Biomedical Beat - A monthly digest of research news from NIGMS

IN THIS ISSUE . . .
September 19, 2006

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The National Institute of General Medical Sciences (NIGMS), one of the National Institutes of Health, supports all research featured in this digest. Although only the lead scientists are named, coworkers and other collaborators also contributed to the findings. To read additional news items, visit NIGMS News.

Cool Image: Cellular Polarity

Cellular Polarity
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As an egg cell develops, a process called polarization controls what parts ultimately become the embryo's head and tail. This picture shows an egg of the fruit fly Drosophila. Red and green mark two types of signaling proteins involved in polarization. Disrupting these signals can scramble the body plan of the embryo, leading to severe developmental disorders. Courtesy of Wu-Min Deng, a developmental biologist at Florida State University.


Full story
Deng lab home page
Article abstract (from the August 22, 2006, issue of PNAS)

Catching Cancer Before it Kills

Many cancers aren't discovered until they've formed large tumors or spread to other organs, making them difficult to treat. A research team led by Weihong Tan, a chemist at the University of Florida, has developed a technique that spots cancer's molecular signature long before the disease can be detected by current methods. The technique uses short strands of DNA called aptamers that can distinguish cancer cells from healthy ones based on differences in molecules on their surfaces. If the technique works in further tests, it could help improve cancer diagnosis and treatment.

Full story (no longer available)
Tan lab home page
Article abstract (from the August 8, 2006, issue of PNAS)

Genome Sequence Reveals Basis of Tetrahymena's Versatility

Caption: Tetrahymena thermophila with the cilia shown in green and one of the organism's two nuclei, shown in blue. Courtesy of Eduardo Orias.
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Caption: Tetrahymena thermophila with the cilia shown in green and one of the organism's two nuclei, shown in blue. Courtesy of Eduardo Orias.

For a single-celled organism, the microscopic, pond-living creature Tetrahymena thermophila is remarkably sophisticated. It can forage for food using diverse sensory systems, protect itself from radiation, and defend against predators. The recent completion of a Tetrahymena genome sequence, led by evolutionary biologist Jonathan Eisen while at The Institute for Genomic Research in Maryland, sheds light on the basis for this impressive versatility. Tetrahymena has more than 25,000 genes—roughly the same number as humans—and many are devoted to sensing and responding to the environment. The availability of Tetrahymena's genome sequence promises further insights into this popular model organism for studying eukaryotic cell biology.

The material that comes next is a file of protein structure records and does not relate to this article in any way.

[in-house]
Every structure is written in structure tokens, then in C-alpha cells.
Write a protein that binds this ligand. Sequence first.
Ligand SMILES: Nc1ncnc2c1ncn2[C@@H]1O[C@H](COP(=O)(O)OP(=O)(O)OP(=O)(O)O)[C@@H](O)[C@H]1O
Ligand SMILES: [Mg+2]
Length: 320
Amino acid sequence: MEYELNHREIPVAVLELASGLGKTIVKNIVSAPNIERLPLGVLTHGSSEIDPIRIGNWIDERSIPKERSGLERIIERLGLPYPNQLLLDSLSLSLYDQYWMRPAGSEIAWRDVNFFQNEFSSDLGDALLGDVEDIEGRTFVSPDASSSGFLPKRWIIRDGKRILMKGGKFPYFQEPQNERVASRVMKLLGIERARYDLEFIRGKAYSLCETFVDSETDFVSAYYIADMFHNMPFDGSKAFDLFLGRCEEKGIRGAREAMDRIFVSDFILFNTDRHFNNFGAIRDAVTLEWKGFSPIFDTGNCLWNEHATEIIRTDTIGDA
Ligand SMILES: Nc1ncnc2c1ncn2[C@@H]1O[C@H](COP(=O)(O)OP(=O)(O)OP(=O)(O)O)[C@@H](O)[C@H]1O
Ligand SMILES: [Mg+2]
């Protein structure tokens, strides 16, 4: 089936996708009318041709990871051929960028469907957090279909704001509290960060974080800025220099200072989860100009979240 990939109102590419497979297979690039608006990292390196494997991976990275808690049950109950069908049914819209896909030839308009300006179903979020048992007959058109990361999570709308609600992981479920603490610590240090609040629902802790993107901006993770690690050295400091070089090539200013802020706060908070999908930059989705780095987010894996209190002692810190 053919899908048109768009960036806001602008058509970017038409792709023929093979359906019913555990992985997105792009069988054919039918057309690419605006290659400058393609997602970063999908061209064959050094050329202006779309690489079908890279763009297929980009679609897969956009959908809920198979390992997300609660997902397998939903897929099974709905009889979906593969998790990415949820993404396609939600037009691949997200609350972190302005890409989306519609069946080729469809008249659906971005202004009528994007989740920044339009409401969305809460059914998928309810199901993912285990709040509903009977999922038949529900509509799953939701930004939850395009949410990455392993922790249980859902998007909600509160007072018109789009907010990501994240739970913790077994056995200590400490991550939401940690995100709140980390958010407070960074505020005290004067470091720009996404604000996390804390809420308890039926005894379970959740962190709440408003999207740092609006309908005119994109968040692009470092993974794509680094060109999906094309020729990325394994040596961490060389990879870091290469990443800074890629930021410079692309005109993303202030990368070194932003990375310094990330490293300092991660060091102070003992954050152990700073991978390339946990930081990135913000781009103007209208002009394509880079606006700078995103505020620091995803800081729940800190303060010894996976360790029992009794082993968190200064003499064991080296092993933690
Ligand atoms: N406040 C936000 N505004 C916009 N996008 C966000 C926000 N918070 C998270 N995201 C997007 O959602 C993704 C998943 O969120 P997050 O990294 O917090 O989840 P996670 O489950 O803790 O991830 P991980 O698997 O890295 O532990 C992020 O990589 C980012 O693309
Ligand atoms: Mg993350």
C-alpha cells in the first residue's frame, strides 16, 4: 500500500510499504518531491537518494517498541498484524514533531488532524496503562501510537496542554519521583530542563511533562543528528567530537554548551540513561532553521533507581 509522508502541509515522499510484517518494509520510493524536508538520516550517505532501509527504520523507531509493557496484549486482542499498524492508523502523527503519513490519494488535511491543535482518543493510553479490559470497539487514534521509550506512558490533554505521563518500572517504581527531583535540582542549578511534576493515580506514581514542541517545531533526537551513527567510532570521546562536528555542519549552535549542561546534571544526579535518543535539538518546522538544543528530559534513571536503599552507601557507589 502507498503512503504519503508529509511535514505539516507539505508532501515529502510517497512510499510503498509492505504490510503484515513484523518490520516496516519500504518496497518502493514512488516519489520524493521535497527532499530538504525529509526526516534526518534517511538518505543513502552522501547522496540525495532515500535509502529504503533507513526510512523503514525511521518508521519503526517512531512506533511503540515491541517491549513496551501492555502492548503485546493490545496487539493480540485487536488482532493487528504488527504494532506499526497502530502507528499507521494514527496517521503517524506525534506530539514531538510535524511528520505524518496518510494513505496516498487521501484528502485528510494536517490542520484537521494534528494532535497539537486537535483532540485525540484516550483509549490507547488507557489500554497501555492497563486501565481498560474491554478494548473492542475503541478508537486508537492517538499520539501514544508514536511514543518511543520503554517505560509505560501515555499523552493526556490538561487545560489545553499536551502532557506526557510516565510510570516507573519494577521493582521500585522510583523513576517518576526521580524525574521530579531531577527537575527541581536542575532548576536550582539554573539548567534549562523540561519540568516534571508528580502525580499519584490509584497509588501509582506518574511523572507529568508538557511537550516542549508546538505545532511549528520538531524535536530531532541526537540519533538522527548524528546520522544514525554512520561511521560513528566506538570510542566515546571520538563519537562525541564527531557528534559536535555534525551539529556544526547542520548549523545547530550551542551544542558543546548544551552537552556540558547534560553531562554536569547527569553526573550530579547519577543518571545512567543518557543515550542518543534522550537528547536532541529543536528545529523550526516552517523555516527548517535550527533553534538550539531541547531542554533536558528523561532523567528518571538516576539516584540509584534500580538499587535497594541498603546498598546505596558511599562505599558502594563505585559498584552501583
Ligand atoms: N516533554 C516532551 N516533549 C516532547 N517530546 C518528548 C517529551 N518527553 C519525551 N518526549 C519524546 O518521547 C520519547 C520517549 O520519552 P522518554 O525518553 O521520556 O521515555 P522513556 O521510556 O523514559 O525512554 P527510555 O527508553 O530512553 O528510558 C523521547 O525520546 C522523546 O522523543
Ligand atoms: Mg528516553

Full story
Article (from the September 2006 issue of PLoS Biology)

Important Step Toward RNA-Based Cancer Drug

Understanding—and harnessing—RNA's many abilities is one of the hottest fields in biomedical research. Recently, molecular biologist Bruce Sullenger and his research team at Duke University Medical Center overcame major technical hurdles to develop an experimental, RNA-based drug that kills cancer cells in mice while leaving neighboring normal cells alone. The drug is made up of two kinds of RNA that work in tandem. A "targeting" RNA coerces cancer cells to let the drug in, and a "silencing" RNA marks for destruction a specific protein needed for the cancer cell to survive. The drug shrank mouse prostate tumors by half without causing any adverse side effects, while untreated tumors more than tripled in size. If scientists can solve challenges in administering therapeutic RNA and Sullenger's drug works equally well in humans, this work could represent an important first step toward developing an RNA-based anticancer medicine.

Full story
Sullenger home page
Article abstract (from the August 2006 issue of Nature Biotechnology)

Zebrafish Reveal New Path for Treating Rare Disorder

Caption: Normal zebrafish embryo (top); zebrafish embryo with mutation disrupting copper metabolism (bottom). Courtesy of Solnica-Krezel.

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Caption: Normal zebrafish embryo (top); zebrafish embryo with mutation disrupting copper metabolism (bottom). Courtesy of Solnica-Krezel.

A hardy, tropical fish striped like a zebra is popular with aquarists, but the creature's unique features—like transparent eggs and embryos—also make it a favorite among scientists. A research team that included developmental geneticist Lilianna Solnica-Krezel of Vanderbilt University and geneticist Stephen Johnson of Washington University in St. Louis recently found that a specific mutation in a zebrafish gene disrupts the metabolism of copper, an important nutrient. The disruption impedes normal development and causes a number of defects resembling those seen in children with Menkes disease, a rare but fatal genetic disorder caused by improper copper metabolism. The research also showed that both humans and zebrafish have similar molecular mechanisms for copper metabolism, suggesting that the striped fish could be used to screen potential new drugs to treat the human disorder.

Full story (No longer available)
Solnica-Krezel lab home page
Article abstract (from the August 2006 issue of Cell Metabolism)